Tuesday, February 17, 2009

Tennis Talk

by Savannah

Roger Federer has issued the following statement:


Dear Fans,

Today I am disappointed to announce that I am withdrawing from both Dubai and the Davis Cup tie in the United States. This was a hard decision to make as I am missing not only one of my favorite events on tour in Dubai but I am also missing out on an opportunity to help my country try and move on to the next round of Davis Cup. After injuring my back last fall, I did not have enough time to strengthen it completely. As a precautionary measure, I will use the next few weeks to make sure the back injury is fully rehabilitated and I am ready for the rest of the 2009 season.

As always, thanks for your continued support.

The sound of champagne corks popping and loud cheering is coming from the United States Davis Cup team. When last seen Patrick McEnroe was doing the Snake a la Radek Stepanek.
Seriously though I see two big reasons for Roger's withdrawal - Indian Wells and Miami.

It seems that the tennis establishment is questioning it's love affair with Serbian tennis players. I found this interesting blog entry on ESPN
Each member of the Serbian super trio has established himself or herself as a legitimate top-tier player -- in fact, two of them (Ivanovic and Jankovic) have held the No. 1 ranking, and Djokovic himself was poised to snatch No. 2 -- displacing a fair little player named Roger Federer.

But the beginning of the year has also raised the question of whether any of the three is really comfortable with and/or equipped to handle his or her exalted position. Of the three, Djokovic is the one who's most consistently held his own instead of yielding ground, but with the sudden maturation of Andy Murray and that disappointing showing at the Australian Open -- where Djokovic was defending his first and so far only major -- Djokovic has people wondering if his drive toward the top hasn't stalled. He was 6-3 through the Australian Open, on his hard-court surface of choice, and hasn't played since.

If it sounds like Djokovic blew a big chance to challenge Nadal, pile on Federer and put Murray in his place in January, how about Jankovic? She finished the year No. 1 with, in some minds, an asterisk pasted there by the fact that she did it without winning a Grand Slam event. A strong January, capped by a win in Australia, would have asserted her legitimacy. Instead, she played miserably right up to and through Melbourne, and this week in Paris she lost to Amelie Mauresmo, a psychological enigma who traditionally stinks the joint out when she's playing in her home nation.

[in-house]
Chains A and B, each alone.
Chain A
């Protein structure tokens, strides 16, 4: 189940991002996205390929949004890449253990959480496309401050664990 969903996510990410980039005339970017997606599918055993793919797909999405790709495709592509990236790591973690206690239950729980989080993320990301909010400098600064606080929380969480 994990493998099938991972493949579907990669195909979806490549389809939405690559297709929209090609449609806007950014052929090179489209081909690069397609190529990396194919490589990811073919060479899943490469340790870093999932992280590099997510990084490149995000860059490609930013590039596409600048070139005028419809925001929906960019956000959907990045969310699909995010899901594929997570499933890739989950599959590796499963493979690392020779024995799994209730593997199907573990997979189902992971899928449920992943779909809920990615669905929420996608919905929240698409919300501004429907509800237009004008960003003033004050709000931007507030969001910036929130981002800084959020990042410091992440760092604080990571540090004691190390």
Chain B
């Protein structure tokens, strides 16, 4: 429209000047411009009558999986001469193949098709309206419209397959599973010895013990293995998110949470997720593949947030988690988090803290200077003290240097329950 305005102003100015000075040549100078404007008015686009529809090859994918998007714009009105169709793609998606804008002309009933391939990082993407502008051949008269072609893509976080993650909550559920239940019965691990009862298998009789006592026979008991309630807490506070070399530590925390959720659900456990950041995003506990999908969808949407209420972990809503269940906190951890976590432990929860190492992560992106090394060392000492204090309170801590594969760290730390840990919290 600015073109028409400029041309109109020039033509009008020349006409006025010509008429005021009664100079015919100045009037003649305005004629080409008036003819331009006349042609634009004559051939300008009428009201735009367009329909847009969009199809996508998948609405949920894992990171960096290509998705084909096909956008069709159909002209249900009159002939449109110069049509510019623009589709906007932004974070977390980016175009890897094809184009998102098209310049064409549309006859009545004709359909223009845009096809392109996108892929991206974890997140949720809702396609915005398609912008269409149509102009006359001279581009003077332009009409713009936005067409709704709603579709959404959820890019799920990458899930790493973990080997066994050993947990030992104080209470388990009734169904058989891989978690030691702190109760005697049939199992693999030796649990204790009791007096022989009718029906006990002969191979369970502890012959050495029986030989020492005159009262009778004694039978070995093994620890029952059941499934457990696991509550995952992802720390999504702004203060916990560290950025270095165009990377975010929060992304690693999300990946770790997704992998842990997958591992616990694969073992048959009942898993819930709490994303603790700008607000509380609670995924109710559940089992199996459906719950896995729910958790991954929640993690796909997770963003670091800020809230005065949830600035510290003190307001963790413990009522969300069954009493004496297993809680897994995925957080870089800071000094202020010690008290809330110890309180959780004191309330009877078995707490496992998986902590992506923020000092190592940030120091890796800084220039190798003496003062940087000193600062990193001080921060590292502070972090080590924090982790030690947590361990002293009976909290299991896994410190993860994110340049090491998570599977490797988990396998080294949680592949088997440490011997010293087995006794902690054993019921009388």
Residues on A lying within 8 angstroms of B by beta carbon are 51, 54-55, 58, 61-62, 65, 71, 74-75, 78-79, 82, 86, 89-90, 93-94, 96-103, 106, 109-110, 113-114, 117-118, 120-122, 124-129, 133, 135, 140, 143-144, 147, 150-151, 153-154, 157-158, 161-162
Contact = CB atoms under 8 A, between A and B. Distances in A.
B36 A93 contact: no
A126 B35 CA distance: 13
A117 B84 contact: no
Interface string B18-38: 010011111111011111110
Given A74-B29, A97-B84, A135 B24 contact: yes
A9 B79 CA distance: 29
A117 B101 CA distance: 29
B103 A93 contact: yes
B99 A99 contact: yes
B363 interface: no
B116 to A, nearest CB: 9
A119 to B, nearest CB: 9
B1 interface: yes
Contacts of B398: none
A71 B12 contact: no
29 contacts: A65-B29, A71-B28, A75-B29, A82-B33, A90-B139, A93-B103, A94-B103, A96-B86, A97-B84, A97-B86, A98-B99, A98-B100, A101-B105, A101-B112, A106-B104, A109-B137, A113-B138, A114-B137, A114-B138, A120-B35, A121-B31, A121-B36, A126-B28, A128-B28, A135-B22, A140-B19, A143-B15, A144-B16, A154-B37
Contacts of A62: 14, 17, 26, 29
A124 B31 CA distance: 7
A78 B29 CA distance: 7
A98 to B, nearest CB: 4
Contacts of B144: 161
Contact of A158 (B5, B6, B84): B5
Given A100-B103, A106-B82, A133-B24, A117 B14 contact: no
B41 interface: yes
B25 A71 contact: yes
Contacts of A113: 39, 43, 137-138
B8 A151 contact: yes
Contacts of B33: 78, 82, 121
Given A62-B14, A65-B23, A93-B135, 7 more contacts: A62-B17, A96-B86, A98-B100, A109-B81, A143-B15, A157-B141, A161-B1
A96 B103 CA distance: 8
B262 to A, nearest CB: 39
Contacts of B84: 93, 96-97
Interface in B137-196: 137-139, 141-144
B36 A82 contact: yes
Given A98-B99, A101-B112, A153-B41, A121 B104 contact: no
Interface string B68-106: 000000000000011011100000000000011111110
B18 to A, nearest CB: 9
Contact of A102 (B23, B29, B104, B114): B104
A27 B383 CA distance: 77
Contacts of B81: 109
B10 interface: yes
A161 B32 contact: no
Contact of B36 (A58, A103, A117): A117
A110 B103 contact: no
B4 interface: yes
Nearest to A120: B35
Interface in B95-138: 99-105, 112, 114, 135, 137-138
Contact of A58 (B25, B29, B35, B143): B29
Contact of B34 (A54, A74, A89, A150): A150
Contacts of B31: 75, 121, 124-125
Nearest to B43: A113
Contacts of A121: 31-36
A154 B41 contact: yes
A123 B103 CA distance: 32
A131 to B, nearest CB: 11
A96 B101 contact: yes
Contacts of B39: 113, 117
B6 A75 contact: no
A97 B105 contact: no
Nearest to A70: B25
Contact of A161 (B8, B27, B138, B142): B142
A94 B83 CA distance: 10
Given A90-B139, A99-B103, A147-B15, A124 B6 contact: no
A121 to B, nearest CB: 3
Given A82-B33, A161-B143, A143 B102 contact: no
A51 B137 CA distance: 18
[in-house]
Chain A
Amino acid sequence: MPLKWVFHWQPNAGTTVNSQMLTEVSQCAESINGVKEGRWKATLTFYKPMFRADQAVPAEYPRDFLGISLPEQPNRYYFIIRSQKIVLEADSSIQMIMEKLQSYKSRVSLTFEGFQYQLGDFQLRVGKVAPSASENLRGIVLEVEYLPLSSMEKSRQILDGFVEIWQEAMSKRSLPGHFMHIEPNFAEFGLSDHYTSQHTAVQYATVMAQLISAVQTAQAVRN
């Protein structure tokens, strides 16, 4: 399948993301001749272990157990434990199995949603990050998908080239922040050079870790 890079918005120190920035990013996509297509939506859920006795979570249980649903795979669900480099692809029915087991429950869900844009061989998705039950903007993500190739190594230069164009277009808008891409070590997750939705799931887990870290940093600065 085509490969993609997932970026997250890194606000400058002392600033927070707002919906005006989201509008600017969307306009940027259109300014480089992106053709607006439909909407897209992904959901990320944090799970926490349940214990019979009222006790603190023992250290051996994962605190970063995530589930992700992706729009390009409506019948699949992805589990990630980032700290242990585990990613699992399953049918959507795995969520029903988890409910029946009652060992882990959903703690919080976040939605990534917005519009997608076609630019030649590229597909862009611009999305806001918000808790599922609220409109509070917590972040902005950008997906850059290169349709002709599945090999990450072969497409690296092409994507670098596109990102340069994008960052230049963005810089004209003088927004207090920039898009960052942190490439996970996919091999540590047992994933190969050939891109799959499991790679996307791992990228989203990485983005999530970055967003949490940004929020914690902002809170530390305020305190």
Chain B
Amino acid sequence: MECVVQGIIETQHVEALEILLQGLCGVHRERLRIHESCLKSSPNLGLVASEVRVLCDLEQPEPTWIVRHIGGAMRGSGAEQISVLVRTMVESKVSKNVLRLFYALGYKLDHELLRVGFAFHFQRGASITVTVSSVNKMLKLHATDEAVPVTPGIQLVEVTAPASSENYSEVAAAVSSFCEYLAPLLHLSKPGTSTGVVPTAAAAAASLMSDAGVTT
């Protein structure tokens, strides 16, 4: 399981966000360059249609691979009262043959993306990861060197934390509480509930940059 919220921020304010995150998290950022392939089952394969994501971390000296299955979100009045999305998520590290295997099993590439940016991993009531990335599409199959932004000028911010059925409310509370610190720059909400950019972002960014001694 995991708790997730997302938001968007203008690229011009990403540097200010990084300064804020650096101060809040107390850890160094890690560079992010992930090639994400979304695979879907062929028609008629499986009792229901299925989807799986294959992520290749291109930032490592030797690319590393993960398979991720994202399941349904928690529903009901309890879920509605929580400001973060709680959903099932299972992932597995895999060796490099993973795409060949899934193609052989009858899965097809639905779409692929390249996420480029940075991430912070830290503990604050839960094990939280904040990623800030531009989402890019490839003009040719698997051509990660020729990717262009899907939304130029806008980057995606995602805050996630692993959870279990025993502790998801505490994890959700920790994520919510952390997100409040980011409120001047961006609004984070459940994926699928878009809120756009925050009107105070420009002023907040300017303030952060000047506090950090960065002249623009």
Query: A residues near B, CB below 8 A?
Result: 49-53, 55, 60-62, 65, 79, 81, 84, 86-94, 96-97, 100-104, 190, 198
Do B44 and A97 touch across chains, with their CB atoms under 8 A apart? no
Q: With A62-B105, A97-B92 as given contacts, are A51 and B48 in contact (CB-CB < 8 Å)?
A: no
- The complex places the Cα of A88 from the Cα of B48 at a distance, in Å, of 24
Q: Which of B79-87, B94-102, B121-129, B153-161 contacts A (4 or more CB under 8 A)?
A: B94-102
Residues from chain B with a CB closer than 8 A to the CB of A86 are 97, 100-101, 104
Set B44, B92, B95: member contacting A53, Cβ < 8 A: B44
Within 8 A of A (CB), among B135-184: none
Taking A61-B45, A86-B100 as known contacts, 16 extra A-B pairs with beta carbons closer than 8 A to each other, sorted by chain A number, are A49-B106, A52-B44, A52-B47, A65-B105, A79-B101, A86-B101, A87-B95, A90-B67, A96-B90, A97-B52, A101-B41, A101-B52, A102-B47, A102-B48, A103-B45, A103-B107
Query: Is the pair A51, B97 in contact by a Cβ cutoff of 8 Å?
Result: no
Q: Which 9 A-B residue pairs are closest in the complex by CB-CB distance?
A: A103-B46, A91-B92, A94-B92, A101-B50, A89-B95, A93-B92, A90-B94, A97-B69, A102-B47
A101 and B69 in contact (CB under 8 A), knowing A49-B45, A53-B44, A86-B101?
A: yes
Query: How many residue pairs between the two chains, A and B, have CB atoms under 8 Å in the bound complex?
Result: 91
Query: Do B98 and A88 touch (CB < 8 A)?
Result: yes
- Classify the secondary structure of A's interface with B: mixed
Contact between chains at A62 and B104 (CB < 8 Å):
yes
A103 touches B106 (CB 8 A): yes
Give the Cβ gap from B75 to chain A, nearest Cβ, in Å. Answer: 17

All three of the Serbian top players are in action this week: Djokovic is playing in Marseille while both Ana and Jelena are in Dubai.

Speaking of Dubai Shahar Pe'er released a statement regarding her situation.
Statement from Shahar Peer

February 17, 2009

In response to the tremendous outpouring of support and empathy over the UAE decision to deny me a visa that would allow me to play in the Dubai Tennis Championships, I want to express my heartfelt gratitude to my friends and fans around the world, and my fellow players. While this is a very difficult moment for me personally and professionally, and the fact that the visa denial was issued at the last moment, I firmly believe that my fellow competitors should not be harmed the way I was - they were in or on their way to Dubai and denying them the right to play in this year’s tournament at the last moment would not make the wrong right. In fact, it troubles me greatly that my doubles partner Anna-Lena Groenefeld from Germany will not be able to compete as we had planned. Going forward, I am confident that the Tour will take appropriate actions to ensure that this injustice is not allowed to occur in the future, and that the Tour will make sure I will not be further harmed in the short and long term. There should be no place for politics or discrimination in professional tennis or indeed any sport.


cp said...

ESPN had an interesting reader comment:

one Serbian male and two Serbian women ranked in the top ten. Shame to the Serbian Nation!! Can anyone think of a country that has EXACTLY the same distribution of top players? Hint: It has a population of 300 million to Serbia's 8 million. We are a great nation, but stopped being a great tennis nation years ago especially on the men's side. Let's try to fix this first before we denegrate the Serbs.

Savannah said...

CP I haven't done a "what's wrong with US tennis" post in quite some time. I was one of the voices crying in the wilderness about the coming crisis in US tennis back in 2003.

The WS aren't going to be around forever. Blake is 29. Andy Roddick has issues that he's trying to work on.

I think what is being addressed in the blog post is that the predicted takeover of both the men's and women's game by Serbia hasn't happened. It is impressive for a small country that has the same size population as New York City to have three players at the top of their sport. It's just that more was expected in some quarters.

oddman said...

Lots of talk around that Fed's back is injured, or that he was playing injured at the AO... but according to this statement, he doesn't say that, exactly. All we read is the injury (from last fall) needs strengthening, 'I will...make sure the back injury is fully rehabilitated...'